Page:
It becomes difficult to imagine a more insidious method for removing a people’s freedom than one which will induce them to enter bondage willingly, precisely as the Obama administration is doing.  It’s what any government intervention over economic problems does of necessity.  Government intervention is something alien to a truly free market, and it creates ripples, which must be addressed (usually by more government intervention), until the government is either thrown out of the markets or ends up running the show.  We give our governments a monopoly on force so as to protect us from exterior threats, renouncing our right to punish offenders ourselves in favor of the government acting on our behalf, but that monopoly of force can also be turned on us, as it is being in this instance.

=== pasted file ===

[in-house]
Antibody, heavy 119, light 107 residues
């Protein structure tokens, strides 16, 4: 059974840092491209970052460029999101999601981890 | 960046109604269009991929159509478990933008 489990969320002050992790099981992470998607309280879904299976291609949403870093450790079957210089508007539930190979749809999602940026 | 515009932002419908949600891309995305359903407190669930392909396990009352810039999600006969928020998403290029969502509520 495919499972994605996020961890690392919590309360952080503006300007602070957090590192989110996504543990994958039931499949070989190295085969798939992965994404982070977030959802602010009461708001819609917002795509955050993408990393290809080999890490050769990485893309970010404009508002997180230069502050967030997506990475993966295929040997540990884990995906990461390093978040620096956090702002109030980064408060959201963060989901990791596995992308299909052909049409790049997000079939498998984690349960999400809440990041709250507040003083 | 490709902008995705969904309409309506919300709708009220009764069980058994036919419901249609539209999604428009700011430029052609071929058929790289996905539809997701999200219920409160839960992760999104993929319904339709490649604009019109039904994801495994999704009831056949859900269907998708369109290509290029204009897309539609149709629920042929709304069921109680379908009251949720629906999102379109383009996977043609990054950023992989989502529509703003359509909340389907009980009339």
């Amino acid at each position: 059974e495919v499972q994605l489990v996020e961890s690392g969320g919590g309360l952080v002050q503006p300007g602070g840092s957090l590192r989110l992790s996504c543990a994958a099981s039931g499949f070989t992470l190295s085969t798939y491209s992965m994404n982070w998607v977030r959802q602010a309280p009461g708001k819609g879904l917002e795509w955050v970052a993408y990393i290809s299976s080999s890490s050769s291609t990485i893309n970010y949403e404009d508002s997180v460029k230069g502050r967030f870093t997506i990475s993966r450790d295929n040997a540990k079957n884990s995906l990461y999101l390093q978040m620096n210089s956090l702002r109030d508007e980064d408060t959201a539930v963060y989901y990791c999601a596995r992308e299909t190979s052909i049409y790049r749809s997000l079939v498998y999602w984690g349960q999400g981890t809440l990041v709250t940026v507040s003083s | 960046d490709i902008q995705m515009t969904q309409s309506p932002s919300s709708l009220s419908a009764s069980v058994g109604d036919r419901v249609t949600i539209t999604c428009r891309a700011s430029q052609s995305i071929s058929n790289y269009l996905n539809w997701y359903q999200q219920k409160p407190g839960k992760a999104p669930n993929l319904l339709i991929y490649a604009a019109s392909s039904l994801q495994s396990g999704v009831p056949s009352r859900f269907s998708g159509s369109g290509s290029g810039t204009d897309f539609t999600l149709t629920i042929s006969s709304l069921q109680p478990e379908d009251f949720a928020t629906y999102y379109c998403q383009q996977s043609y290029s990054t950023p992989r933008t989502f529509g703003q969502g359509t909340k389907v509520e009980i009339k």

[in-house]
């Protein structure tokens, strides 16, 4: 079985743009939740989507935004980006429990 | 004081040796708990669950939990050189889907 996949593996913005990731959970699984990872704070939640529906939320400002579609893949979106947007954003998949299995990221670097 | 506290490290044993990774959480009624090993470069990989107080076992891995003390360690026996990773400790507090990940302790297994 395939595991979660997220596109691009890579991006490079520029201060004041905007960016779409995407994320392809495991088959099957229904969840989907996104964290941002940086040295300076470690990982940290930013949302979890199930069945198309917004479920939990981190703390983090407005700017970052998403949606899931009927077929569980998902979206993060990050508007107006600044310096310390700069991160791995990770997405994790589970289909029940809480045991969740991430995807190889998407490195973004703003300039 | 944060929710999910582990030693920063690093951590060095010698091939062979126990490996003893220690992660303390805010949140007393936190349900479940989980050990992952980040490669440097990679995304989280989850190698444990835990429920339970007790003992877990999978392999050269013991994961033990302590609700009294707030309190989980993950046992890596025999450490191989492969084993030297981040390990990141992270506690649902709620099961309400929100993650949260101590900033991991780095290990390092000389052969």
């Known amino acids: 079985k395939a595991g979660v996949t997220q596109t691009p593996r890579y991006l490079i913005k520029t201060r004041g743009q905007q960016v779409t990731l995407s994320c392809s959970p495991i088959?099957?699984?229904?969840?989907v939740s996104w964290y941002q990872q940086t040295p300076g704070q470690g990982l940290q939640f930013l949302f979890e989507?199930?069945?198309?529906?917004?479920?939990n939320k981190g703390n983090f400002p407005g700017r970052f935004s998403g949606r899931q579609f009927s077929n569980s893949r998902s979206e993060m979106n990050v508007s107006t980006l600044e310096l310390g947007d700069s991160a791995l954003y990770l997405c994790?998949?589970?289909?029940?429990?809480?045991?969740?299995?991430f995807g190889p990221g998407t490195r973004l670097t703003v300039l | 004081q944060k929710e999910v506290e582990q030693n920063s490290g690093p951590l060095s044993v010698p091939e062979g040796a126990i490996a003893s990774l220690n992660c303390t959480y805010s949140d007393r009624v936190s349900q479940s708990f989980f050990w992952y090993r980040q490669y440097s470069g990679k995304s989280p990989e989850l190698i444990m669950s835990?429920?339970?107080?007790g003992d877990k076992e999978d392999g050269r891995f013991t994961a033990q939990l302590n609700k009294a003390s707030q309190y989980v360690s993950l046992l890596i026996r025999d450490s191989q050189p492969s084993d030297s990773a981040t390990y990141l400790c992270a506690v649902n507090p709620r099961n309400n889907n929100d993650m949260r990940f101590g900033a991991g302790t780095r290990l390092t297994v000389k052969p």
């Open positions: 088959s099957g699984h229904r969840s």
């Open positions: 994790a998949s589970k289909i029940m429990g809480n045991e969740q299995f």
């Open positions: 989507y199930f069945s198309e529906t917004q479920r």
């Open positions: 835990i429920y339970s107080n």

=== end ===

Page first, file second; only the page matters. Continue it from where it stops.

The Soviet Union was Keynesianism in action.  The people there were miserable and downtrodden in their socialist utopia, and their economy was stagnant.  They were promised safety and prosperity, but all they received was poverty and virtual slavery.  The freedom of our marketplace, not government intervention, is what made us an economic superpower (though WWII didn’t hurt things), and if we would but restore it by reducing regulations and confiscatory taxes, we would bounce back from this recession faster than anyone believes possible.  It would be painful, but it would be short.  The markets will out-produce and outgrow the government every time, provided the opportunity to do so (as companies like Wal-Mart and McDonald’s demonstrate on a daily basis).  So why can’t we take off the chains?